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Black History and Blacks in U.S. History
The 1960's
Civil Rights Act of 1964



Civil Rights Act of 1964
Reading Level
     edHelper's suggested reading level:   grades 7 to 9
     Flesch-Kincaid grade level:   7.26

Vocabulary
     challenging words:    pointed, unemployed, filibuster, comprehensive, statistics, legislation, converge, better, endure, federal, penned, racial, poverty, abide, widespread, election
     content words:    John F., United States, Civil War, Harry S., Black Americans, John Kennedy, President Kennedy, Civil Rights, Lyndon Johnson, President Johnson


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Civil Rights Act of 1964
By Jane Runyon
  

1     When John F. Kennedy ran for President of the United States in 1960, he told the people of the country that it was time to make a change. He said he wanted to make sure that the needs of all of the people were being met. He wanted to help those in poverty. He especially wanted to help black Americans. He pointed out the fact that black Americans had been promised equality after the Civil War. They had been promised equality up until the term of Harry S. Truman. Black Americans were still waiting for that equality to come about throughout the country. There were places in the South that still kept them from voting. There were places they were still not allowed to eat or stay overnight. There were colleges they were not allowed to attend. Due mostly to Kennedy's promise to remedy these wrongs, seventy per cent of the blacks who voted, voted for John Kennedy in the 1960 election.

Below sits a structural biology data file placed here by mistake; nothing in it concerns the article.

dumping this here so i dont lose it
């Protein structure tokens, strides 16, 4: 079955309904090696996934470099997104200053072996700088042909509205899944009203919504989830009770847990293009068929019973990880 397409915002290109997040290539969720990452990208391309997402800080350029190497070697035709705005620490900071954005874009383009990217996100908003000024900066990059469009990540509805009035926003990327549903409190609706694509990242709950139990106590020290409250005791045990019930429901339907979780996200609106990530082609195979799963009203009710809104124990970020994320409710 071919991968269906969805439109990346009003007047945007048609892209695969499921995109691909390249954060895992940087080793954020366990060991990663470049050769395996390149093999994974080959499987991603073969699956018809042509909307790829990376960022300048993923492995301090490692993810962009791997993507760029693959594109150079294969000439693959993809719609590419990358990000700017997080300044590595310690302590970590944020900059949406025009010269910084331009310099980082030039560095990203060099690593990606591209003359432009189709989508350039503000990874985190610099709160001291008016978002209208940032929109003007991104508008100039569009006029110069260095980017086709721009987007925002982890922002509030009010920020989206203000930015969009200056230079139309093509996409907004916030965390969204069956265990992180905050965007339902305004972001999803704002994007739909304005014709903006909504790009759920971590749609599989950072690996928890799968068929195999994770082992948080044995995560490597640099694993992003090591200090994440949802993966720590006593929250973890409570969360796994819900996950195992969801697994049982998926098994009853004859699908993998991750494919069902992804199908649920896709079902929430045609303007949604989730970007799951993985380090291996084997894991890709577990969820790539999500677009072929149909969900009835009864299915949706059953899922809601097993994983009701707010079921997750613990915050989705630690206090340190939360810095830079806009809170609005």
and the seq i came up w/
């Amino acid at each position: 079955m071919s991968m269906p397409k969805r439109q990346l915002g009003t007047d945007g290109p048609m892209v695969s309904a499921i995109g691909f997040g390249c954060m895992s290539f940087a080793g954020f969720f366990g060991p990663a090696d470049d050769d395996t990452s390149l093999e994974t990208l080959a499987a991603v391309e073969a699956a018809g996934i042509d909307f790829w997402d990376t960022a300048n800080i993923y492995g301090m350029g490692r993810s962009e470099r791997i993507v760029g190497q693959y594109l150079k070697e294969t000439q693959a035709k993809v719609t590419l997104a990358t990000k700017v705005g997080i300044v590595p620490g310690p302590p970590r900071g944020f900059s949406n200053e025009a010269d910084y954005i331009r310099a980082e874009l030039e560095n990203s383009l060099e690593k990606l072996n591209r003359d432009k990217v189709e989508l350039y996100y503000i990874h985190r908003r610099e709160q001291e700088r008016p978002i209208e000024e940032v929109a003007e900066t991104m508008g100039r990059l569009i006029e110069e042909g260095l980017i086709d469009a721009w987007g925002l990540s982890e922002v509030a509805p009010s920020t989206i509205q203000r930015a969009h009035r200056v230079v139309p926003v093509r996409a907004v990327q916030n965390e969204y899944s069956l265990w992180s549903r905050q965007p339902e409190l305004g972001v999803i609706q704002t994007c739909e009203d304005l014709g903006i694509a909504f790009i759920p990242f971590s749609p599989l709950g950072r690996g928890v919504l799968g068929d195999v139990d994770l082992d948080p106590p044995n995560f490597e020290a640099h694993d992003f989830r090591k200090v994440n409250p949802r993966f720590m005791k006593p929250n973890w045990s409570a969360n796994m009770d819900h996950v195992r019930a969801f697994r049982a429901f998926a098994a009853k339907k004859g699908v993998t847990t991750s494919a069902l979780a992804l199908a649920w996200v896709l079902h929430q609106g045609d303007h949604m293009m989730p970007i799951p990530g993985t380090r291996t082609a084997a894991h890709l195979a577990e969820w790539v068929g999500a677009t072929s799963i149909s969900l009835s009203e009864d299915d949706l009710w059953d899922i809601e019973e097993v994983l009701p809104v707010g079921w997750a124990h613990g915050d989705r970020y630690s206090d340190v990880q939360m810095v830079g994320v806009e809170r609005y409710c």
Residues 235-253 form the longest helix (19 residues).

2     For the first two years following the election, Kennedy did little to keep his promise to black America. It wasn't until the summer of 1963 that President Kennedy starting pushing harder for better civil rights legislation. He tried to educate the citizens of America on the hardships that Negro citizens had to endure. A black child had only about half the chance of graduating from high school that a white child had. There were two black adults without jobs for every unemployed white adult. Statistics declared that a black person would probably live seven fewer years than a white on average. Kennedy declared that something needed to be done.
 
3     Kennedy's plans were put on hold when he was assassinated in November of 1963. Civil Rights leaders weren't sure what would happen. The new president, Lyndon Johnson, was an unknown leader to them. Would he follow through with the plans of President Kennedy? Just days after the death of President Kennedy, the answer came. President Johnson called for the passage of a civil rights bill to stand as a memorial to Kennedy.

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